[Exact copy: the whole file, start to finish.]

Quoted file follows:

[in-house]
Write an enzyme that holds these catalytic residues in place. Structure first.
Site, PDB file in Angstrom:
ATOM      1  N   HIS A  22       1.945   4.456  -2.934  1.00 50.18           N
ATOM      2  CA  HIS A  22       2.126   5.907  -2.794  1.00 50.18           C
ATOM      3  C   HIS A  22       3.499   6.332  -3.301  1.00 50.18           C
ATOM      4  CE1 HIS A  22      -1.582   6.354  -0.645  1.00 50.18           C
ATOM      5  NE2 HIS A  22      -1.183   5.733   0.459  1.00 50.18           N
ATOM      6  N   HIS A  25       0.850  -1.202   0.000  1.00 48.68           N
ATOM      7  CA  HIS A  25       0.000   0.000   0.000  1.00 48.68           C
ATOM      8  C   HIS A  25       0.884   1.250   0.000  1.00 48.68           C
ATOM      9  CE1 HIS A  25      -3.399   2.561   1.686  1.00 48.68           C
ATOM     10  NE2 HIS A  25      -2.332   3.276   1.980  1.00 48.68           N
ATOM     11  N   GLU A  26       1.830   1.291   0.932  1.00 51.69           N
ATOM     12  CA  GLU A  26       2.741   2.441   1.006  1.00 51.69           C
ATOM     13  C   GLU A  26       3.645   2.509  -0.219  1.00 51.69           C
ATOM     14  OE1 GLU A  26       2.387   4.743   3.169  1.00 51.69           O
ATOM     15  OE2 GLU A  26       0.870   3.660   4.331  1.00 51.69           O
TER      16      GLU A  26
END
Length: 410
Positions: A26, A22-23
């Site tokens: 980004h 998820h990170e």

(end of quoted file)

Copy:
[in-house]
Write an enzyme that holds these catalytic residues in place. Structure first.
Site, PDB file in Angstrom:
ATOM      1  N   HIS A  22       1.945   4.456  -2.934  1.00 50.18           N
ATOM      2  CA  HIS A  22       2.126   5.907  -2.794  1.00 50.18           C
ATOM      3  C   HIS A  22       3.499   6.332  -3.301  1.00 50.18           C
ATOM      4  CE1 HIS A  22      -1.582   6.354  -0.645  1.00 50.18           C
ATOM      5  NE2 HIS A  22      -1.183   5.733   0.459  1.00 50.18           N
ATOM      6  N   HIS A  25       0.850  -1.202   0.000  1.00 48.68           N
ATOM      7  CA  HIS A  25       0.000   0.000   0.000  1.00 48.68           C
ATOM      8  C   HIS A  25       0.884   1.250   0.000  1.00 48.68           C
ATOM      9  CE1 HIS A  25      -3.399   2.561   1.686  1.00 48.68           C
ATOM     10  NE2 HIS A  25      -2.332   3.276   1.980  1.00 48.68           N
ATOM     11  N   GLU A  26       1.830   1.291   0.932  1.00 51.69           N
ATOM     12  CA  GLU A  26       2.741   2.441   1.006  1.00 51.69           C
ATOM     13  C   GLU A  26       3.645   2.509  -0.219  1.00 51.69           C
ATOM     14  OE1 GLU A  26       2.387   4.743   3.169  1.00 51.69           O
ATOM     15  OE2 GLU A  26       0.870   3.660   4.331  1.00 51.69           O
TER      16      GLU A  26
END
Length: 410
Positions: A26, A22-23
């Site tokens: 980004h 998820h990170e």